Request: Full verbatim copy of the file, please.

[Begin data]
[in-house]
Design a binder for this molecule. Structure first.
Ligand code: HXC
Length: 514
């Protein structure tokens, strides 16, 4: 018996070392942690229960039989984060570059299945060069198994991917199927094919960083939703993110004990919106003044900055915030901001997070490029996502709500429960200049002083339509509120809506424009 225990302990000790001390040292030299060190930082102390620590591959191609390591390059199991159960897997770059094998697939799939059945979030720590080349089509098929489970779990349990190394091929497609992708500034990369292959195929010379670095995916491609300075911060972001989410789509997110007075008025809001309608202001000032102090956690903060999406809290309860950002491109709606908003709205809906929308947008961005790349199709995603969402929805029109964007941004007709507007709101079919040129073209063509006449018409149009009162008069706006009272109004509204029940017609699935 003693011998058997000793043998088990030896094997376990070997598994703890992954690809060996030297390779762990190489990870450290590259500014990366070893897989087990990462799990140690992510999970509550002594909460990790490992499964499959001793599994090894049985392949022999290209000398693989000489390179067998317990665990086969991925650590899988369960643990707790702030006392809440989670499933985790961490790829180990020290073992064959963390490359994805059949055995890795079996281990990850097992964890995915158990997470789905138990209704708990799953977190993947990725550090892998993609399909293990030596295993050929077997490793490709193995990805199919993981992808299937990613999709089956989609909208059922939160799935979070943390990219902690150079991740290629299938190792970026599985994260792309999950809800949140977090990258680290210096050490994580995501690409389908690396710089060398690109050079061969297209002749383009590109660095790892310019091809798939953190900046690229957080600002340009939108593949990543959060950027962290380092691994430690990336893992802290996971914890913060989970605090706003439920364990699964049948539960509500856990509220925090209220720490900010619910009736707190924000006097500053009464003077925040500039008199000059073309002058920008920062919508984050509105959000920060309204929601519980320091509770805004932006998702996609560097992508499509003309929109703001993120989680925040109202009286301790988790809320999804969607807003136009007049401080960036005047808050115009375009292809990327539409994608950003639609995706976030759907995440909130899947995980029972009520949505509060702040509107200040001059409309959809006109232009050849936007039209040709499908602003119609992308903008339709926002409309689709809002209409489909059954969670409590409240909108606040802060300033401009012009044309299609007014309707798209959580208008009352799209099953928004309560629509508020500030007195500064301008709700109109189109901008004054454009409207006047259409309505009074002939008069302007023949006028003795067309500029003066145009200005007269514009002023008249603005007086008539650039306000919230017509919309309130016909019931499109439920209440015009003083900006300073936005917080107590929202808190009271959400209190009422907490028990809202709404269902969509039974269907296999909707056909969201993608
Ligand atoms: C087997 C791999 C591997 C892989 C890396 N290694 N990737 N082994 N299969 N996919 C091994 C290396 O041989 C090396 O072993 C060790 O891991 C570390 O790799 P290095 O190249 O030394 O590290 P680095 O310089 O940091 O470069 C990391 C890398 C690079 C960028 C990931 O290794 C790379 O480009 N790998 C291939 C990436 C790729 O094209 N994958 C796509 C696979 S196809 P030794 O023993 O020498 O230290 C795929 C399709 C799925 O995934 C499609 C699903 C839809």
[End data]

[in-house]
Design a binder for this molecule. Structure first.
Ligand code: HXC
Length: 514
């Protein structure tokens, strides 16, 4: 018996070392942690229960039989984060570059299945060069198994991917199927094919960083939703993110004990919106003044900055915030901001997070490029996502709500429960200049002083339509509120809506424009 225990302990000790001390040292030299060190930082102390620590591959191609390591390059199991159960897997770059094998697939799939059945979030720590080349089509098929489970779990349990190394091929497609992708500034990369292959195929010379670095995916491609300075911060972001989410789509997110007075008025809001309608202001000032102090956690903060999406809290309860950002491109709606908003709205809906929308947008961005790349199709995603969402929805029109964007941004007709507007709101079919040129073209063509006449018409149009009162008069706006009272109004509204029940017609699935 003693011998058997000793043998088990030896094997376990070997598994703890992954690809060996030297390779762990190489990870450290590259500014990366070893897989087990990462799990140690992510999970509550002594909460990790490992499964499959001793599994090894049985392949022999290209000398693989000489390179067998317990665990086969991925650590899988369960643990707790702030006392809440989670499933985790961490790829180990020290073992064959963390490359994805059949055995890795079996281990990850097992964890995915158990997470789905138990209704708990799953977190993947990725550090892998993609399909293990030596295993050929077997490793490709193995990805199919993981992808299937990613999709089956989609909208059922939160799935979070943390990219902690150079991740290629299938190792970026599985994260792309999950809800949140977090990258680290210096050490994580995501690409389908690396710089060398690109050079061969297209002749383009590109660095790892310019091809798939953190900046690229957080600002340009939108593949990543959060950027962290380092691994430690990336893992802290996971914890913060989970605090706003439920364990699964049948539960509500856990509220925090209220720490900010619910009736707190924000006097500053009464003077925040500039008199000059073309002058920008920062919508984050509105959000920060309204929601519980320091509770805004932006998702996609560097992508499509003309929109703001993120989680925040109202009286301790988790809320999804969607807003136009007049401080960036005047808050115009375009292809990327539409994608950003639609995706976030759907995440909130899947995980029972009520949505509060702040509107200040001059409309959809006109232009050849936007039209040709499908602003119609992308903008339709926002409309689709809002209409489909059954969670409590409240909108606040802060300033401009012009044309299609007014309707798209959580208008009352799209099953928004309560629509508020500030007195500064301008709700109109189109901008004054454009409207006047259409309505009074002939008069302007023949006028003795067309500029003066145009200005007269514009002023008249603005007086008539650039306000919230017509919309309130016909019931499109439920209440015009003083900006300073936005917080107590929202808190009271959400209190009422907490028990809202709404269902969509039974269907296999909707056909969201993608
Ligand atoms: C087997 C791999 C591997 C892989 C890396 N290694 N990737 N082994 N299969 N996919 C091994 C290396 O041989 C090396 O072993 C060790 O891991 C570390 O790799 P290095 O190249 O030394 O590290 P680095 O310089 O940091 O470069 C990391 C890398 C690079 C960028 C990931 O290794 C790379 O480009 N790998 C291939 C990436 C790729 O094209 N994958 C796509 C696979 S196809 P030794 O023993 O020498 O230290 C795929 C399709 C799925 O995934 C499609 C699903 C839809």